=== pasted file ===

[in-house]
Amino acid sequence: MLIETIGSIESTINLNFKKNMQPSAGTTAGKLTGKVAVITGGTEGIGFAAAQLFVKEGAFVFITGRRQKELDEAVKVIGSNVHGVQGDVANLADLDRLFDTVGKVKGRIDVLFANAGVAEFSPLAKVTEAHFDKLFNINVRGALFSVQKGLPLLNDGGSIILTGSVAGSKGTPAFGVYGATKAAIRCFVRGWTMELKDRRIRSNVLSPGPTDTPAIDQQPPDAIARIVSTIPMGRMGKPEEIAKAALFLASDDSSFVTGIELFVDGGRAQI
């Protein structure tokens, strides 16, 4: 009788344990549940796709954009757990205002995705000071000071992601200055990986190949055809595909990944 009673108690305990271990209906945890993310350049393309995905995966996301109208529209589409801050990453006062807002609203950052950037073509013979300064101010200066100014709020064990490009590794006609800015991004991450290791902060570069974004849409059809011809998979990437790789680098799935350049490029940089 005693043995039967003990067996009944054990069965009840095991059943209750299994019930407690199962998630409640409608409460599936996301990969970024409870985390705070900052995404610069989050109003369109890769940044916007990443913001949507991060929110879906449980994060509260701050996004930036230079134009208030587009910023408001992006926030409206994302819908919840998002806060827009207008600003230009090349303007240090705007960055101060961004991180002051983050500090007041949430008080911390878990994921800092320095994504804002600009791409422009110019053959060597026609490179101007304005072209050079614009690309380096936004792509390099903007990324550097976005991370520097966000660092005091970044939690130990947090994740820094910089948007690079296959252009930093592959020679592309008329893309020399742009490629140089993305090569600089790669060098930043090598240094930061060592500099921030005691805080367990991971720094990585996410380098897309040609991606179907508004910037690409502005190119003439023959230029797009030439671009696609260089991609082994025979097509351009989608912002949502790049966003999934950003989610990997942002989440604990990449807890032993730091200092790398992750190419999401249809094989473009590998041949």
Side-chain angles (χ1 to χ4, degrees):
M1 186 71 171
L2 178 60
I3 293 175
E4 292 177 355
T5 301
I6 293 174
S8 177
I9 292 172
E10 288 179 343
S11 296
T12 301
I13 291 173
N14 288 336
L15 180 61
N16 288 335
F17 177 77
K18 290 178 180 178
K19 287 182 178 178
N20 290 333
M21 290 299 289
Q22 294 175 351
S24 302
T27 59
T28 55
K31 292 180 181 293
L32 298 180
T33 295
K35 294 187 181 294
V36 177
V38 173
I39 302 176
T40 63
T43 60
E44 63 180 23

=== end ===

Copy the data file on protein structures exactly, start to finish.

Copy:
[in-house]
Amino acid sequence: MLIETIGSIESTINLNFKKNMQPSAGTTAGKLTGKVAVITGGTEGIGFAAAQLFVKEGAFVFITGRRQKELDEAVKVIGSNVHGVQGDVANLADLDRLFDTVGKVKGRIDVLFANAGVAEFSPLAKVTEAHFDKLFNINVRGALFSVQKGLPLLNDGGSIILTGSVAGSKGTPAFGVYGATKAAIRCFVRGWTMELKDRRIRSNVLSPGPTDTPAIDQQPPDAIARIVSTIPMGRMGKPEEIAKAALFLASDDSSFVTGIELFVDGGRAQI
């Protein structure tokens, strides 16, 4: 009788344990549940796709954009757990205002995705000071000071992601200055990986190949055809595909990944 009673108690305990271990209906945890993310350049393309995905995966996301109208529209589409801050990453006062807002609203950052950037073509013979300064101010200066100014709020064990490009590794006609800015991004991450290791902060570069974004849409059809011809998979990437790789680098799935350049490029940089 005693043995039967003990067996009944054990069965009840095991059943209750299994019930407690199962998630409640409608409460599936996301990969970024409870985390705070900052995404610069989050109003369109890769940044916007990443913001949507991060929110879906449980994060509260701050996004930036230079134009208030587009910023408001992006926030409206994302819908919840998002806060827009207008600003230009090349303007240090705007960055101060961004991180002051983050500090007041949430008080911390878990994921800092320095994504804002600009791409422009110019053959060597026609490179101007304005072209050079614009690309380096936004792509390099903007990324550097976005991370520097966000660092005091970044939690130990947090994740820094910089948007690079296959252009930093592959020679592309008329893309020399742009490629140089993305090569600089790669060098930043090598240094930061060592500099921030005691805080367990991971720094990585996410380098897309040609991606179907508004910037690409502005190119003439023959230029797009030439671009696609260089991609082994025979097509351009989608912002949502790049966003999934950003989610990997942002989440604990990449807890032993730091200092790398992750190419999401249809094989473009590998041949």
Side-chain angles (χ1 to χ4, degrees):
M1 186 71 171
L2 178 60
I3 293 175
E4 292 177 355
T5 301
I6 293 174
S8 177
I9 292 172
E10 288 179 343
S11 296
T12 301
I13 291 173
N14 288 336
L15 180 61
N16 288 335
F17 177 77
K18 290 178 180 178
K19 287 182 178 178
N20 290 333
M21 290 299 289
Q22 294 175 351
S24 302
T27 59
T28 55
K31 292 180 181 293
L32 298 180
T33 295
K35 294 187 181 294
V36 177
V38 173
I39 302 176
T40 63
T43 60
E44 63 180 23